I’m hopeful that what influencers have done—once again creating a monetary relationship between creator and consumer—will turn things around, and that gaming journalism can and will follow. That’s what we’re trying to do here. That’s what we’re trying to build. And we’re most grateful to have you along for the ride.

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  1. Tucker Roberts is the son of Comcast CEO Brian Roberts and over the past six years, he’s been focused on the company’s mostly unsuccessful entry into gaming and esports.

  2. Realize this term may not be that common. It’s defined as, according to Dictionary.com: a relationship that a person imagines having with another person whom they do not actually know, such as a celebrity or a fictional character.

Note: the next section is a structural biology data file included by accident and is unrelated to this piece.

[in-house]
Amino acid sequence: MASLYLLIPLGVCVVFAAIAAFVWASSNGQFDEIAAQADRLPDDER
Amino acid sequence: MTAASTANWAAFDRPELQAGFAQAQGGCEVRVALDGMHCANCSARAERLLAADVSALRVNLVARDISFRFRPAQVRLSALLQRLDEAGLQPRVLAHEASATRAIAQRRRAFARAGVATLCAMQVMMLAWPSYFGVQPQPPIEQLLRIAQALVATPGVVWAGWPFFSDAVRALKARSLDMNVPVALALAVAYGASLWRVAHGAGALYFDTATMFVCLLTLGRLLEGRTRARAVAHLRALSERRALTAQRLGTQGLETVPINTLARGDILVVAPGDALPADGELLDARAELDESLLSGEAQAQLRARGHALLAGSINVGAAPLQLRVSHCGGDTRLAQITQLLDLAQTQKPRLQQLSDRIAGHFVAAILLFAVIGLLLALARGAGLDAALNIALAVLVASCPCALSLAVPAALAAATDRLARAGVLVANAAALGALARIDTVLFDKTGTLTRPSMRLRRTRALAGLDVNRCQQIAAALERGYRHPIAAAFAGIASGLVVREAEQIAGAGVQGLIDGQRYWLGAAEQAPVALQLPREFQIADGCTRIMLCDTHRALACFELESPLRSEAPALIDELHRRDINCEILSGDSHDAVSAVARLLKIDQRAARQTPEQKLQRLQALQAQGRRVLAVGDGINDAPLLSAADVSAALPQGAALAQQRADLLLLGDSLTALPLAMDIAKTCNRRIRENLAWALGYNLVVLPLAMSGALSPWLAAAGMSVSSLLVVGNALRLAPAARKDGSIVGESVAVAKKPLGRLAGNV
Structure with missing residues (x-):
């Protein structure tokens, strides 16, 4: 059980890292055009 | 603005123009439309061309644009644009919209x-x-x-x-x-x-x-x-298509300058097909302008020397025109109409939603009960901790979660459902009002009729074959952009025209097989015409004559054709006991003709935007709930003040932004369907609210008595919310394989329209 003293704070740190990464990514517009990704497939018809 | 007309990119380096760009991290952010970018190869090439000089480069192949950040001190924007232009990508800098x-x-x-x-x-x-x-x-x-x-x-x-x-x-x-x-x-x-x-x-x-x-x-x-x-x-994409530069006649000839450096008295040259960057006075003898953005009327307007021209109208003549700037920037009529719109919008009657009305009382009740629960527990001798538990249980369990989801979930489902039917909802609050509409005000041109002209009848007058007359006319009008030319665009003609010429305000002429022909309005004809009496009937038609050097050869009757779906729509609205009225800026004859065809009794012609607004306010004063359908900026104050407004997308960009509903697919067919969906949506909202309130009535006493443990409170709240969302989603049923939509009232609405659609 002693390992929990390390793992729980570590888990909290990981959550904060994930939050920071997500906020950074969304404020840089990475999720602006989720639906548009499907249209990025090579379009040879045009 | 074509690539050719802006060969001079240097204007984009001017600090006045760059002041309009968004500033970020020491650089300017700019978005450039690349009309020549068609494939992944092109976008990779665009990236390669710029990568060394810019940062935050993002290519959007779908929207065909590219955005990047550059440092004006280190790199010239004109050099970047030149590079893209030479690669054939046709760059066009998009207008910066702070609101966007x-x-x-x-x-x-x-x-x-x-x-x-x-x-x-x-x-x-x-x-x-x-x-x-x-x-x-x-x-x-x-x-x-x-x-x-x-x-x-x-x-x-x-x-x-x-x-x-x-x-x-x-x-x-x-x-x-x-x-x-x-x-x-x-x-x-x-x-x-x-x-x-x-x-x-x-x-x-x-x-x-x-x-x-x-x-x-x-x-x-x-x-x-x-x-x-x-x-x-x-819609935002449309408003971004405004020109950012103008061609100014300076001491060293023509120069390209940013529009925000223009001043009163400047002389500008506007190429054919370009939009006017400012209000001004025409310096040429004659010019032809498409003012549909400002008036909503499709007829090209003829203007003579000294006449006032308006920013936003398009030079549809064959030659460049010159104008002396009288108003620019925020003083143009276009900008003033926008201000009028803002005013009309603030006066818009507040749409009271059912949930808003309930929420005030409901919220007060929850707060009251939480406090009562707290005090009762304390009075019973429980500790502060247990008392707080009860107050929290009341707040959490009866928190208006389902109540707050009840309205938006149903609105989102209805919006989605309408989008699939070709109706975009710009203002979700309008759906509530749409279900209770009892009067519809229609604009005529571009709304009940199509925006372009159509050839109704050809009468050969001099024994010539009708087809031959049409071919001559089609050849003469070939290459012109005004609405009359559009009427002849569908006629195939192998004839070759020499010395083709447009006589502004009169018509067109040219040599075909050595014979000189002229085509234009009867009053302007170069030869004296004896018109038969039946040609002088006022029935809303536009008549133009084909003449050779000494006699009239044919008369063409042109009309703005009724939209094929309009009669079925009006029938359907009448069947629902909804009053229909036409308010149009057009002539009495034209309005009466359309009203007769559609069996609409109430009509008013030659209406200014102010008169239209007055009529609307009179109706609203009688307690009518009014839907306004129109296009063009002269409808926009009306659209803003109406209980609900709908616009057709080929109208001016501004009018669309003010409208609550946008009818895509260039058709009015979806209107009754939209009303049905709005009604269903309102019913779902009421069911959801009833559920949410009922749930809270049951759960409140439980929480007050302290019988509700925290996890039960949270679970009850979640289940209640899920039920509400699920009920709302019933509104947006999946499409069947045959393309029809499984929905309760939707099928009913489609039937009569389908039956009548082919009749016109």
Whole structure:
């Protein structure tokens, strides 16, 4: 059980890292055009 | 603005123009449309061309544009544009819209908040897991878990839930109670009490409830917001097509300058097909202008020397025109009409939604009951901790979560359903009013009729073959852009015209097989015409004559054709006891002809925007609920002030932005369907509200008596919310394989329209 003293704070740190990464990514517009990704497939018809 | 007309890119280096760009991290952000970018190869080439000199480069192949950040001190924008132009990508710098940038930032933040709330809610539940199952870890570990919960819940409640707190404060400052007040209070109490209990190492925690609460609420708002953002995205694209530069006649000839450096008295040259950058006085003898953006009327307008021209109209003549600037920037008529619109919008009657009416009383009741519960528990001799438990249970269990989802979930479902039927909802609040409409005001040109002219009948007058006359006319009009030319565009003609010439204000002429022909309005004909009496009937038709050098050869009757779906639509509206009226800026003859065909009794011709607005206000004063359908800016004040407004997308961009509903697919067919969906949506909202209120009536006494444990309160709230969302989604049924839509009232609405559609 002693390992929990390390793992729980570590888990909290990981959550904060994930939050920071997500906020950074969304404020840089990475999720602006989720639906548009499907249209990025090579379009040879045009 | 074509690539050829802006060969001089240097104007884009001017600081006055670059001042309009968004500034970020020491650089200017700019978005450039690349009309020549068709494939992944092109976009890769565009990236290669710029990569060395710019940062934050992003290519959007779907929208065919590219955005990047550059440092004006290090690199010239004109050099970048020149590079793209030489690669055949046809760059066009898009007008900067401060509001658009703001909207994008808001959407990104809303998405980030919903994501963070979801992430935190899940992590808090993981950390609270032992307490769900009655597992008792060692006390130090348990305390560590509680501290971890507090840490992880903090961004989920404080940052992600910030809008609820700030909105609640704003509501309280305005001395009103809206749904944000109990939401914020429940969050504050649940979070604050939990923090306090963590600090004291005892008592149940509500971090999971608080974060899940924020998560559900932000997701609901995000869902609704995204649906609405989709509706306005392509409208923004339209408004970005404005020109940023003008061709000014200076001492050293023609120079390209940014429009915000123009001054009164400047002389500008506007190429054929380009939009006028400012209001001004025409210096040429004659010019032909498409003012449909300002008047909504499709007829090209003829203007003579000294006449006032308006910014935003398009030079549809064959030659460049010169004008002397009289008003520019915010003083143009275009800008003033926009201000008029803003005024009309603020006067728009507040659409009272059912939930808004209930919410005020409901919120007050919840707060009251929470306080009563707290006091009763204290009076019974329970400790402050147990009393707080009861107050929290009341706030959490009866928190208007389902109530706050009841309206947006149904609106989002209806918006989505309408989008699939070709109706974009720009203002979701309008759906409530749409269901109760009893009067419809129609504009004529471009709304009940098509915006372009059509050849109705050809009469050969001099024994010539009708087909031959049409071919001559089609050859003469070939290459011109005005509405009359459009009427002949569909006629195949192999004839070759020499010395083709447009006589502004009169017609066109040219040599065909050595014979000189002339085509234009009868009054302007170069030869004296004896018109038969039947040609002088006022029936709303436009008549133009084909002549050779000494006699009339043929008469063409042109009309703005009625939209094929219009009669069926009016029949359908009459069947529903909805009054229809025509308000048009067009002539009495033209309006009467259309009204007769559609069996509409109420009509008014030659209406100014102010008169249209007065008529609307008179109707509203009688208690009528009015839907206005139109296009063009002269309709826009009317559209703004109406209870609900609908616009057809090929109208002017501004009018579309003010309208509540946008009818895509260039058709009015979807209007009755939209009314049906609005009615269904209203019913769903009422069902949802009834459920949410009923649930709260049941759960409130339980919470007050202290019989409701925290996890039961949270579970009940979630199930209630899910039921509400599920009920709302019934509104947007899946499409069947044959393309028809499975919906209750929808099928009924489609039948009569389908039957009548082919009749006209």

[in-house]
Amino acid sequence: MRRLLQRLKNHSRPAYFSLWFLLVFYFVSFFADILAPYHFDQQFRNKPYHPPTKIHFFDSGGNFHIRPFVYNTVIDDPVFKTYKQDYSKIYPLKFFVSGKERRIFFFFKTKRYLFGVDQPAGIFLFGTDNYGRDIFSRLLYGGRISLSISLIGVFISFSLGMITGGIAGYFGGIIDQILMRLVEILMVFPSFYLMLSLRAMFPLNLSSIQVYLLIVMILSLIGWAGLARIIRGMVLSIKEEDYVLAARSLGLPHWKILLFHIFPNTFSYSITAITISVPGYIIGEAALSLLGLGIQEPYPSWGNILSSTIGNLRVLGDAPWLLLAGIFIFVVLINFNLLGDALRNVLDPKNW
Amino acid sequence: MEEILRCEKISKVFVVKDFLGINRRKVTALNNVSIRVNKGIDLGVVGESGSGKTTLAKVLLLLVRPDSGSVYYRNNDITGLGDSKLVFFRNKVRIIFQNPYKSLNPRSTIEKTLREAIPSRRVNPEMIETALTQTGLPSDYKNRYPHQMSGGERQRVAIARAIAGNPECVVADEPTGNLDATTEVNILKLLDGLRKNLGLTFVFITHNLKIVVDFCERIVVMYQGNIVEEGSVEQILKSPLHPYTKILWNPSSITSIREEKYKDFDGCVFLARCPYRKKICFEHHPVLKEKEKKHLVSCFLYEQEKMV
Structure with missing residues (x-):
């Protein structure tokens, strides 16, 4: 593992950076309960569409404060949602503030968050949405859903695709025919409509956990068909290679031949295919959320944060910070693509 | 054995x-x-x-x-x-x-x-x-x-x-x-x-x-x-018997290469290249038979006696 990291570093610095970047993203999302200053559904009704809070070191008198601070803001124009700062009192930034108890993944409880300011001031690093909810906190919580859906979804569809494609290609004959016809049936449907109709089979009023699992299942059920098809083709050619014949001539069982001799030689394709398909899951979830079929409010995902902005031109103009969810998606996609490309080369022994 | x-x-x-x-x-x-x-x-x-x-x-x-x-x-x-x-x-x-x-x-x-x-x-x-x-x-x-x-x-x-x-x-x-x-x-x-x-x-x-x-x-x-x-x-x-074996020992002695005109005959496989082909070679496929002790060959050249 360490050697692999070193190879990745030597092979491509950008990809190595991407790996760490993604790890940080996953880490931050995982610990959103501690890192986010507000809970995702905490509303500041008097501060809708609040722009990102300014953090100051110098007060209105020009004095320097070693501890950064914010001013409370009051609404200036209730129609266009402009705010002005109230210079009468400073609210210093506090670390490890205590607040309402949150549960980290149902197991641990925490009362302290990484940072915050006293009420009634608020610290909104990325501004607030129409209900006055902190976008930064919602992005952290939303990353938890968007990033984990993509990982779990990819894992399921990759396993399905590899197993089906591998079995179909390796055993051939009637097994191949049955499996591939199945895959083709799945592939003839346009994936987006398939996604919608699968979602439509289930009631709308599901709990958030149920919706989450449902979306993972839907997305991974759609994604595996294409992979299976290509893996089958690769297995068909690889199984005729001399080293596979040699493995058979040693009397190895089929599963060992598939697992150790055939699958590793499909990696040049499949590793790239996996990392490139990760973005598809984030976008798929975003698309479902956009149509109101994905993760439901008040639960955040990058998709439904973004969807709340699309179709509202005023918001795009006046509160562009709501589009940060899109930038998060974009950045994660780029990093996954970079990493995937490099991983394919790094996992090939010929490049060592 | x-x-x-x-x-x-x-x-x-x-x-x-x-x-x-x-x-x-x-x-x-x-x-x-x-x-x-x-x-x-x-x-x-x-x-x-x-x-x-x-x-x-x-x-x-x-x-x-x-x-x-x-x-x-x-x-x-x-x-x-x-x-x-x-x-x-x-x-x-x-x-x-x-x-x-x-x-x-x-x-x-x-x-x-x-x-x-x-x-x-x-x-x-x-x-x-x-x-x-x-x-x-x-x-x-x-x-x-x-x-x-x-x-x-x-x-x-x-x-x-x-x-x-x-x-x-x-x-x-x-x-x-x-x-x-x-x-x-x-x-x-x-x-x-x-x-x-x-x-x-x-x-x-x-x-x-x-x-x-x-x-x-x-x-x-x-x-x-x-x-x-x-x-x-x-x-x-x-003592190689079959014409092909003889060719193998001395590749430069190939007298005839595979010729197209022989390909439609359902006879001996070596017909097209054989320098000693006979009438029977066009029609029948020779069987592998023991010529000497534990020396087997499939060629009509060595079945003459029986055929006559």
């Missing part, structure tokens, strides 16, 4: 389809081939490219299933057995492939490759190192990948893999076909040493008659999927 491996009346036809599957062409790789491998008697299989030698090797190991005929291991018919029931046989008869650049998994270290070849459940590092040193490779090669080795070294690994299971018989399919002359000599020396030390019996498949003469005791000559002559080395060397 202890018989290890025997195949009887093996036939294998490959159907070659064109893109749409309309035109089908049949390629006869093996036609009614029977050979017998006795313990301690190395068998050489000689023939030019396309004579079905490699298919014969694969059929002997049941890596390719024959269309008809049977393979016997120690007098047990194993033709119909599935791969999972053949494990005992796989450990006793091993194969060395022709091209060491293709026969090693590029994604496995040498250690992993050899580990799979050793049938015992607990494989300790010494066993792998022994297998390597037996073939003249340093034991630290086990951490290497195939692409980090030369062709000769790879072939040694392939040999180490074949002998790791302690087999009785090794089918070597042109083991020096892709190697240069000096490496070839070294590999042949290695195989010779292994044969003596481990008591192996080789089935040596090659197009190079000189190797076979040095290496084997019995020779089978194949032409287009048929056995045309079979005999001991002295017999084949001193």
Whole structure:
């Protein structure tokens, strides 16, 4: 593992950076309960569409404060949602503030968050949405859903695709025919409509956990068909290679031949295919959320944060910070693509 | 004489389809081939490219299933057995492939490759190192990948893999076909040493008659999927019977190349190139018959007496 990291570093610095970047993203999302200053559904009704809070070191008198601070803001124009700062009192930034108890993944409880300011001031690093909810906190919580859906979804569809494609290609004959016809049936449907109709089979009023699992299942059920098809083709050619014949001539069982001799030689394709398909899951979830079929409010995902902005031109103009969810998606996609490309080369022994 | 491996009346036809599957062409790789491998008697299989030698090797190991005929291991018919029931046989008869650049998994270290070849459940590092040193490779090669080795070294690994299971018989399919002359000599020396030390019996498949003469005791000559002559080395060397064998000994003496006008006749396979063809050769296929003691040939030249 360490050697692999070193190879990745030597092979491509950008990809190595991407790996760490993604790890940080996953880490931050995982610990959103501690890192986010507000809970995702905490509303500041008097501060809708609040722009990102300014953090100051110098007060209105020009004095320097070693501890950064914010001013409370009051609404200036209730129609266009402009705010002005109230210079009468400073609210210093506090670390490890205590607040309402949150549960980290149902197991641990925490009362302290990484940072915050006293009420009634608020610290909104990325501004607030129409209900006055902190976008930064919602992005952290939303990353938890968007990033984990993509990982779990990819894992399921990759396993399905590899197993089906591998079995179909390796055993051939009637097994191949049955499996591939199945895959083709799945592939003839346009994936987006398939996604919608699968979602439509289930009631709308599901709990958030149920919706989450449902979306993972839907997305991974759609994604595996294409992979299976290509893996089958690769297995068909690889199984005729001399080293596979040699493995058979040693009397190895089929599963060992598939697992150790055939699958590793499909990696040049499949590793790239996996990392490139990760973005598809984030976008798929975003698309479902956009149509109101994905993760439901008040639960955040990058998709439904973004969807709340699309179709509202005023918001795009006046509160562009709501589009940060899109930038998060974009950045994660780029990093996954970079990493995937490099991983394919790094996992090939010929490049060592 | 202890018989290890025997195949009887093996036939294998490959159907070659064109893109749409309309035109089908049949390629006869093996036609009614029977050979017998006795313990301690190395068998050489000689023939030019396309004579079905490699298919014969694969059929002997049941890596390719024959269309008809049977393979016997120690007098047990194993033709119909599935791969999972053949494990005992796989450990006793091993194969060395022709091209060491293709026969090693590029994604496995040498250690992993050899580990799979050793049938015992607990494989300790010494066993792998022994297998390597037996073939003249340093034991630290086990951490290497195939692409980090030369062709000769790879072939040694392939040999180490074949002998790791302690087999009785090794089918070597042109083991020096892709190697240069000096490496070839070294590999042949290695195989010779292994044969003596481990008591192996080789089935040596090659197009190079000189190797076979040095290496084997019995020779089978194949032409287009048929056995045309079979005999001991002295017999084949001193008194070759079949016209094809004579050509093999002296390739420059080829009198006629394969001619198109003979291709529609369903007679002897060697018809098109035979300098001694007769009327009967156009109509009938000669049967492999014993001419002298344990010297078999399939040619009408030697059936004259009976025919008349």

3. I’m singling out Fanbyte because their investor is Tencent and in theory, should’ve had bountiful resources to build a financially successful business. But they aren’t alone or particularly unique—other websites like Upcomer, Inven Global and others have had the same problems.

  4. I used to work at GAMURS. Figured I should make this disclosure.

  5. I’ve heard from peers that Google would never use AI to scrape content and redeliver its information, because it’d hurt their AdSense business. Personally I think Google innovates faster than they think of the consequences. Guess we’ll see?

  6. Cost per mille: Defined as how much an advertiser pays per 1,000 views. Very relevant to programmatic advertising.